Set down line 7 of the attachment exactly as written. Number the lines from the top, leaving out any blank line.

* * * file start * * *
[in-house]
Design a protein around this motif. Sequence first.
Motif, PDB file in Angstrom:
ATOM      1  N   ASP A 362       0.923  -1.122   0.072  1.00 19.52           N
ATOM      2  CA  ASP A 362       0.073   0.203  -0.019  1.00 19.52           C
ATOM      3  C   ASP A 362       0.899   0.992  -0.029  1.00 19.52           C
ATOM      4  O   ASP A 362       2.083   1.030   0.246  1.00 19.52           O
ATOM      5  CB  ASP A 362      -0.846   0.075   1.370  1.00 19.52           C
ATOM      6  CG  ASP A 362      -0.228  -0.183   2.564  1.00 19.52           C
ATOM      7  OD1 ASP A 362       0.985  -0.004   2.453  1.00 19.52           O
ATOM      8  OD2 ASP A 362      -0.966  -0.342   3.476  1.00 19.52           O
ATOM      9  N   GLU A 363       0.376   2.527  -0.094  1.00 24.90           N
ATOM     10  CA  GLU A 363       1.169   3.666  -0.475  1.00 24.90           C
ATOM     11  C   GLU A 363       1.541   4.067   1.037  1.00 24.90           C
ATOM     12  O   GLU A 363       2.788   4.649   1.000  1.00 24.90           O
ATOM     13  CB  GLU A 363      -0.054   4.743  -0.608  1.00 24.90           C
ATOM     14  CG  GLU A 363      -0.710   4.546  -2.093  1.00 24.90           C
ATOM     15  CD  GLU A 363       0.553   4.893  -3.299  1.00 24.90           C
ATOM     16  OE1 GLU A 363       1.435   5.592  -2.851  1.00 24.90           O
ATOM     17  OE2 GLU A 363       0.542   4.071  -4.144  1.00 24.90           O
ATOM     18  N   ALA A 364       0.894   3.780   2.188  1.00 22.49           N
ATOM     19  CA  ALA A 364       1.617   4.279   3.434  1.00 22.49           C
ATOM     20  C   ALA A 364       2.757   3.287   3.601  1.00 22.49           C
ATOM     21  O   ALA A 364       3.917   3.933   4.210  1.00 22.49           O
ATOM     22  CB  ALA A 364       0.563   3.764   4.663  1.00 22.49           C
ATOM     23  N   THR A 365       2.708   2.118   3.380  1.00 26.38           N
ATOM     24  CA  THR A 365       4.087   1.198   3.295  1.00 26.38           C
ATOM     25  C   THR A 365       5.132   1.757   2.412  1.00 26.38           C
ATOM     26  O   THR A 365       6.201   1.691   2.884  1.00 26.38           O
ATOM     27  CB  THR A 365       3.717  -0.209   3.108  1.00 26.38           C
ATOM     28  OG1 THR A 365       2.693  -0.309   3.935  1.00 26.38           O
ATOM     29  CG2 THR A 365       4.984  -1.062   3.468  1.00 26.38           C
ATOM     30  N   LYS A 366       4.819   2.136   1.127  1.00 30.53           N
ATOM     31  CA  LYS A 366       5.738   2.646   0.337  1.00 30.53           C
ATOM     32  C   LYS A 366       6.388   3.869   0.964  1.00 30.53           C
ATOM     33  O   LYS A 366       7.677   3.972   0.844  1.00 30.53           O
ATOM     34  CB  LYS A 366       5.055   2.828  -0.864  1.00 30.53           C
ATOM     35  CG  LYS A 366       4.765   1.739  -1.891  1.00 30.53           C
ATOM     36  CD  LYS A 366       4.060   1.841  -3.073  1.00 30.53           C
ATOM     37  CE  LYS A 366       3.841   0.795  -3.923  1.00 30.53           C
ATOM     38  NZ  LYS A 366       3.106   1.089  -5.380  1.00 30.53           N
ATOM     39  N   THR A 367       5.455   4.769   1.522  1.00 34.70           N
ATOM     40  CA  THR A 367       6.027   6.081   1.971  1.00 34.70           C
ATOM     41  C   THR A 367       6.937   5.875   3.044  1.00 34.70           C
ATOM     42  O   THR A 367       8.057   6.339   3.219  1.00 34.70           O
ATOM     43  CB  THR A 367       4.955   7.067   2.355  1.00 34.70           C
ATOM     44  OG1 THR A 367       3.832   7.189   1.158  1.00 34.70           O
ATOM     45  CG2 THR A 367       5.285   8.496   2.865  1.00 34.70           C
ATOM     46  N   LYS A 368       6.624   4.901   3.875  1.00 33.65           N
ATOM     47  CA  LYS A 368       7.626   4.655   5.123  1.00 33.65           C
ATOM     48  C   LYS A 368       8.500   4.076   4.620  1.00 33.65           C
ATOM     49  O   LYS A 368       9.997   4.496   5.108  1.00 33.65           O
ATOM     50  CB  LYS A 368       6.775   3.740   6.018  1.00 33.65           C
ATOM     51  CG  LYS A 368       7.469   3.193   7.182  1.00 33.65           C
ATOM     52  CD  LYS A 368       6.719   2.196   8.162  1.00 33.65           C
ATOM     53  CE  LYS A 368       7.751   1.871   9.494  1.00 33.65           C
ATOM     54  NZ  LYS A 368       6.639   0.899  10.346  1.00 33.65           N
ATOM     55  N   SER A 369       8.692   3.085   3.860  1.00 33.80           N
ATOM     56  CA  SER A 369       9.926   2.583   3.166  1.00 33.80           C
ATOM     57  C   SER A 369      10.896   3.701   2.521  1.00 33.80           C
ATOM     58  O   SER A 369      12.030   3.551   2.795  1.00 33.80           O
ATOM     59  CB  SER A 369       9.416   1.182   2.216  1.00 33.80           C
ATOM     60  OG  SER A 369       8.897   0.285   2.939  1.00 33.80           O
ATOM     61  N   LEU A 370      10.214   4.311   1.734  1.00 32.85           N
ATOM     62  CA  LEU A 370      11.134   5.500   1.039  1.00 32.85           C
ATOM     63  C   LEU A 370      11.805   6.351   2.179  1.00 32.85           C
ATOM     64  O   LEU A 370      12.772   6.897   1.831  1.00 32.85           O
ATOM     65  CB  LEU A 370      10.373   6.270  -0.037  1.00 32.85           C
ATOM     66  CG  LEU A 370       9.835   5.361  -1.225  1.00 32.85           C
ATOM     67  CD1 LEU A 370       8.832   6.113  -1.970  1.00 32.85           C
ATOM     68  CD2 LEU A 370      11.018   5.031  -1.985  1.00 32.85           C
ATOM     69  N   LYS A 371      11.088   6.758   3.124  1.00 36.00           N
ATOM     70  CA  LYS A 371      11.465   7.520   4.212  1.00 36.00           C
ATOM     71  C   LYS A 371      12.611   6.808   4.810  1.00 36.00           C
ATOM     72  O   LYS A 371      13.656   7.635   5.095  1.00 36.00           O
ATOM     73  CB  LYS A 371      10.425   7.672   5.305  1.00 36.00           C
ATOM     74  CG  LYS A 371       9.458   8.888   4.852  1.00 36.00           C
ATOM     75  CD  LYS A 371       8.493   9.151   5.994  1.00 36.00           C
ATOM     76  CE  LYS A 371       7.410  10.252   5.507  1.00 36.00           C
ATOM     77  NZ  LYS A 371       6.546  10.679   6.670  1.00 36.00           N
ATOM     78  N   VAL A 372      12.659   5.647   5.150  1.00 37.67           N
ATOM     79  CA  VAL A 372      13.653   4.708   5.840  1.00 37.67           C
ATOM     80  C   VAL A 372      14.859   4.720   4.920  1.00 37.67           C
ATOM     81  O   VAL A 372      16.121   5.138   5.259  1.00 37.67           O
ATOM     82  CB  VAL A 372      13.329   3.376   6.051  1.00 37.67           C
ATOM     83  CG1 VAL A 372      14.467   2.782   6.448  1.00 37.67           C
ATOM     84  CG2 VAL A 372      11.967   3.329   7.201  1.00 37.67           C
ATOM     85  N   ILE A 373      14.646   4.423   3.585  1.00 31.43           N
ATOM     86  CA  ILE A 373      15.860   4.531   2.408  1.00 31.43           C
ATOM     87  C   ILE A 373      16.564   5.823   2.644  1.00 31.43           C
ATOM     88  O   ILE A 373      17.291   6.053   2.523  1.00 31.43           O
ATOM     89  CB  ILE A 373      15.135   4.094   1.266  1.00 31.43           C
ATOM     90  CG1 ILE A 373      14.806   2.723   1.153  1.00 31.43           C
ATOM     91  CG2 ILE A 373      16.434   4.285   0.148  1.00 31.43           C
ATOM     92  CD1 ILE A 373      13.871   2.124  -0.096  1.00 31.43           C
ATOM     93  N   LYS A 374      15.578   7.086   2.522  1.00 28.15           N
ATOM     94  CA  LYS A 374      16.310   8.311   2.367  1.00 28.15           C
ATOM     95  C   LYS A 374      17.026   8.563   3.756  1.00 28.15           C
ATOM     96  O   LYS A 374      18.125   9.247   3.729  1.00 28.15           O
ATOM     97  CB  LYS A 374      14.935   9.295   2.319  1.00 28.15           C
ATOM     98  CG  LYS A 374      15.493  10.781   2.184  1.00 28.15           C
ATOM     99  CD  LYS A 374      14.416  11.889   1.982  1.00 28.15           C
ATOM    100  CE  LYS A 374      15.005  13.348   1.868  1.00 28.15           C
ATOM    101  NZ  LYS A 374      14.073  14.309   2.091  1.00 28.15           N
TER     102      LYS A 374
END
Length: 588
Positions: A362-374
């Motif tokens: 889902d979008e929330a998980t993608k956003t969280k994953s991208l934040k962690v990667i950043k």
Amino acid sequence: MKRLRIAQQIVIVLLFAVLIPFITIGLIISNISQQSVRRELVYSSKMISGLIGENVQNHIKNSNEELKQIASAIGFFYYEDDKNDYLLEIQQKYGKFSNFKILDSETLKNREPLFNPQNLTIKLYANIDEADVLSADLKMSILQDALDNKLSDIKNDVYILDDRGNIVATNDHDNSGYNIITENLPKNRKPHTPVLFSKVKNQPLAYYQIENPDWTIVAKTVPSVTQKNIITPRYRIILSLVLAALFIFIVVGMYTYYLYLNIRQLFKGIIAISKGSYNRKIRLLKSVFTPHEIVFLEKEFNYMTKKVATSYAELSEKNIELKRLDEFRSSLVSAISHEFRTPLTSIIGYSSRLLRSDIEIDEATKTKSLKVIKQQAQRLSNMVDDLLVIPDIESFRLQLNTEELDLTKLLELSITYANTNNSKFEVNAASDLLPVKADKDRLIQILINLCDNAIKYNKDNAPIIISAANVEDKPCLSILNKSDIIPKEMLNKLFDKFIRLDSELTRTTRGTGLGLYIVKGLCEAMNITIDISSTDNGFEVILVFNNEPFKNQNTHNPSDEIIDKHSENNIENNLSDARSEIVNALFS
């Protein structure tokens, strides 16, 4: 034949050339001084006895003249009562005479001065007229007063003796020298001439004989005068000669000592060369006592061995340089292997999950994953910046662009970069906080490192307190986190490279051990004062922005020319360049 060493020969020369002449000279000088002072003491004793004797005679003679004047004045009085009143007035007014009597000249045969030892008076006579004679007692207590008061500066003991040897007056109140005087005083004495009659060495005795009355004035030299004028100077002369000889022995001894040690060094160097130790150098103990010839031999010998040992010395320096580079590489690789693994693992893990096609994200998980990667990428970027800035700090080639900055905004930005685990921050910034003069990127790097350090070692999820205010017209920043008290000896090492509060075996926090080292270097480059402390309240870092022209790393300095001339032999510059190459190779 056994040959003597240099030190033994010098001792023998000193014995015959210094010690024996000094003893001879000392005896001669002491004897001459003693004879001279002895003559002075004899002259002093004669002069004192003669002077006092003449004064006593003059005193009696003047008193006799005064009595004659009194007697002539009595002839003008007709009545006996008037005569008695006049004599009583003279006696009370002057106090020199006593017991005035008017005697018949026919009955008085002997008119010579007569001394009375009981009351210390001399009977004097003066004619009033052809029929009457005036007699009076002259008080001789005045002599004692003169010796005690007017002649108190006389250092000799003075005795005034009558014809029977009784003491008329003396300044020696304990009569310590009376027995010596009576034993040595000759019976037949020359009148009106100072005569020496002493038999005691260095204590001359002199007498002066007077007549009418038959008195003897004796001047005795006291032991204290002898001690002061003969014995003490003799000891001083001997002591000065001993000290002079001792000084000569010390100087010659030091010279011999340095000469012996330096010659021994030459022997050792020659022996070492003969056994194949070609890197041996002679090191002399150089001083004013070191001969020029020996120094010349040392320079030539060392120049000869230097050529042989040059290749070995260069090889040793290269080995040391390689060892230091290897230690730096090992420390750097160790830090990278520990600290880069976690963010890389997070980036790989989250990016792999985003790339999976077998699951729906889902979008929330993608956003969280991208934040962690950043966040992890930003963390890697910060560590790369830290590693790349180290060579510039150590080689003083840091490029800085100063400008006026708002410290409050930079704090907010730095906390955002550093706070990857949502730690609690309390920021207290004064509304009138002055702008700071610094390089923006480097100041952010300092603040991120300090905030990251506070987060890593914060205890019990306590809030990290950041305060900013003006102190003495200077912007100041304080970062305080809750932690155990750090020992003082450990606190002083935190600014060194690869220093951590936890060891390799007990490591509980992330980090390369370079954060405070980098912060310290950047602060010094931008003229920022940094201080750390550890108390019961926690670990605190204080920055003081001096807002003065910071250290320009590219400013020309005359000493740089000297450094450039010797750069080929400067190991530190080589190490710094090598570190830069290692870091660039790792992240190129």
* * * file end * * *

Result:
ATOM      4  O   ASP A 362       2.083   1.030   0.246  1.00 19.52           O